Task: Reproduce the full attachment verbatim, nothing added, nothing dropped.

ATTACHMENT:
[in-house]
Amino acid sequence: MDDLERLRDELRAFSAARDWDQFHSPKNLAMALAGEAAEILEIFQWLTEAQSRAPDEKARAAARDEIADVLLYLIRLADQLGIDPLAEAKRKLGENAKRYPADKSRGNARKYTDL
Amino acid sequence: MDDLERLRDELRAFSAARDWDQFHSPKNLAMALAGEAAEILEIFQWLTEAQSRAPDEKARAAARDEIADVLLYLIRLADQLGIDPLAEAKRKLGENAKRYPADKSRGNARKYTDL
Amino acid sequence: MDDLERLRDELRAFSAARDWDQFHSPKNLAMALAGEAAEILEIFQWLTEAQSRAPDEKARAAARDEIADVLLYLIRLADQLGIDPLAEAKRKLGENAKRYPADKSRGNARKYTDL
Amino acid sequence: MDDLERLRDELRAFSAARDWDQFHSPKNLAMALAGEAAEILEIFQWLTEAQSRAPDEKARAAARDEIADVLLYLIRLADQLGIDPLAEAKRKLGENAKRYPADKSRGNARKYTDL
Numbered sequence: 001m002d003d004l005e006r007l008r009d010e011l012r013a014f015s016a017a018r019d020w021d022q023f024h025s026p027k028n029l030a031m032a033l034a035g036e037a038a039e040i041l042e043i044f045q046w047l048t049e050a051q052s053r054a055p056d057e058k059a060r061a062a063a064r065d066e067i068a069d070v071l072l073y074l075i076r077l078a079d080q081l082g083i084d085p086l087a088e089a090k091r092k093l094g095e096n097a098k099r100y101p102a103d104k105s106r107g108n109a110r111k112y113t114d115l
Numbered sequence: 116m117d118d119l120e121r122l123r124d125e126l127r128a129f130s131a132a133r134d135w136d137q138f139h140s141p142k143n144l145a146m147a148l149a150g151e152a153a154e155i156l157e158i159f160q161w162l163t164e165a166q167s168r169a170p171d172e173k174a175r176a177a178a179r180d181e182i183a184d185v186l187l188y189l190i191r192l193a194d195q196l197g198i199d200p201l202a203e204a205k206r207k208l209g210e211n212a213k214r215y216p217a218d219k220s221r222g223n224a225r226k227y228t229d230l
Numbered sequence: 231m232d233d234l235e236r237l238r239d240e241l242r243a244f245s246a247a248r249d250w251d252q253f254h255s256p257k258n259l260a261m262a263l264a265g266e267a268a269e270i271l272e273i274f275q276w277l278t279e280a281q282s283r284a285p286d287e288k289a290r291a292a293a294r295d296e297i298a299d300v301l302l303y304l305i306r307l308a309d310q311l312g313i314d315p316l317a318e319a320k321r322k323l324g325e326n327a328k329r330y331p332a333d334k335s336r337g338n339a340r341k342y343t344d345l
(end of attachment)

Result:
[in-house]
Amino acid sequence: MDDLERLRDELRAFSAARDWDQFHSPKNLAMALAGEAAEILEIFQWLTEAQSRAPDEKARAAARDEIADVLLYLIRLADQLGIDPLAEAKRKLGENAKRYPADKSRGNARKYTDL
Amino acid sequence: MDDLERLRDELRAFSAARDWDQFHSPKNLAMALAGEAAEILEIFQWLTEAQSRAPDEKARAAARDEIADVLLYLIRLADQLGIDPLAEAKRKLGENAKRYPADKSRGNARKYTDL
Amino acid sequence: MDDLERLRDELRAFSAARDWDQFHSPKNLAMALAGEAAEILEIFQWLTEAQSRAPDEKARAAARDEIADVLLYLIRLADQLGIDPLAEAKRKLGENAKRYPADKSRGNARKYTDL
Amino acid sequence: MDDLERLRDELRAFSAARDWDQFHSPKNLAMALAGEAAEILEIFQWLTEAQSRAPDEKARAAARDEIADVLLYLIRLADQLGIDPLAEAKRKLGENAKRYPADKSRGNARKYTDL
Numbered sequence: 001m002d003d004l005e006r007l008r009d010e011l012r013a014f015s016a017a018r019d020w021d022q023f024h025s026p027k028n029l030a031m032a033l034a035g036e037a038a039e040i041l042e043i044f045q046w047l048t049e050a051q052s053r054a055p056d057e058k059a060r061a062a063a064r065d066e067i068a069d070v071l072l073y074l075i076r077l078a079d080q081l082g083i084d085p086l087a088e089a090k091r092k093l094g095e096n097a098k099r100y101p102a103d104k105s106r107g108n109a110r111k112y113t114d115l
Numbered sequence: 116m117d118d119l120e121r122l123r124d125e126l127r128a129f130s131a132a133r134d135w136d137q138f139h140s141p142k143n144l145a146m147a148l149a150g151e152a153a154e155i156l157e158i159f160q161w162l163t164e165a166q167s168r169a170p171d172e173k174a175r176a177a178a179r180d181e182i183a184d185v186l187l188y189l190i191r192l193a194d195q196l197g198i199d200p201l202a203e204a205k206r207k208l209g210e211n212a213k214r215y216p217a218d219k220s221r222g223n224a225r226k227y228t229d230l
Numbered sequence: 231m232d233d234l235e236r237l238r239d240e241l242r243a244f245s246a247a248r249d250w251d252q253f254h255s256p257k258n259l260a261m262a263l264a265g266e267a268a269e270i271l272e273i274f275q276w277l278t279e280a281q282s283r284a285p286d287e288k289a290r291a292a293a294r295d296e297i298a299d300v301l302l303y304l305i306r307l308a309d310q311l312g313i314d315p316l317a318e319a320k321r322k323l324g325e326n327a328k329r330y331p332a333d334k335s336r337g338n339a340r341k342y343t344d345l